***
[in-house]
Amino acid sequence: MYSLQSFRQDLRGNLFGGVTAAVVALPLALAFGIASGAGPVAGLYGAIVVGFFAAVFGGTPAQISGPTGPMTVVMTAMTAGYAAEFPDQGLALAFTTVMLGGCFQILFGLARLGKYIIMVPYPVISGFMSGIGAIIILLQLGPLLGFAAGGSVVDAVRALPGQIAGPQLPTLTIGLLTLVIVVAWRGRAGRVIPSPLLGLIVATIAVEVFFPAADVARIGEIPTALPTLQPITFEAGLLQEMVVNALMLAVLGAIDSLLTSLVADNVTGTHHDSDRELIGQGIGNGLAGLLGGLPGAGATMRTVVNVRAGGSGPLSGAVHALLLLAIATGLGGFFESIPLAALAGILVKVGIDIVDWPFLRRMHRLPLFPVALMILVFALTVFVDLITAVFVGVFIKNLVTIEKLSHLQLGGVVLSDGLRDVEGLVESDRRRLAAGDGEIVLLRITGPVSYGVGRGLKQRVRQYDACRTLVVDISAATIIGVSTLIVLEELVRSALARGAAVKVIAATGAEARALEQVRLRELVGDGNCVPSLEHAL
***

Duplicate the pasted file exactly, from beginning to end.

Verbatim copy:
[in-house]
Amino acid sequence: MYSLQSFRQDLRGNLFGGVTAAVVALPLALAFGIASGAGPVAGLYGAIVVGFFAAVFGGTPAQISGPTGPMTVVMTAMTAGYAAEFPDQGLALAFTTVMLGGCFQILFGLARLGKYIIMVPYPVISGFMSGIGAIIILLQLGPLLGFAAGGSVVDAVRALPGQIAGPQLPTLTIGLLTLVIVVAWRGRAGRVIPSPLLGLIVATIAVEVFFPAADVARIGEIPTALPTLQPITFEAGLLQEMVVNALMLAVLGAIDSLLTSLVADNVTGTHHDSDRELIGQGIGNGLAGLLGGLPGAGATMRTVVNVRAGGSGPLSGAVHALLLLAIATGLGGFFESIPLAALAGILVKVGIDIVDWPFLRRMHRLPLFPVALMILVFALTVFVDLITAVFVGVFIKNLVTIEKLSHLQLGGVVLSDGLRDVEGLVESDRRRLAAGDGEIVLLRITGPVSYGVGRGLKQRVRQYDACRTLVVDISAATIIGVSTLIVLEELVRSALARGAAVKVIAATGAEARALEQVRLRELVGDGNCVPSLEHAL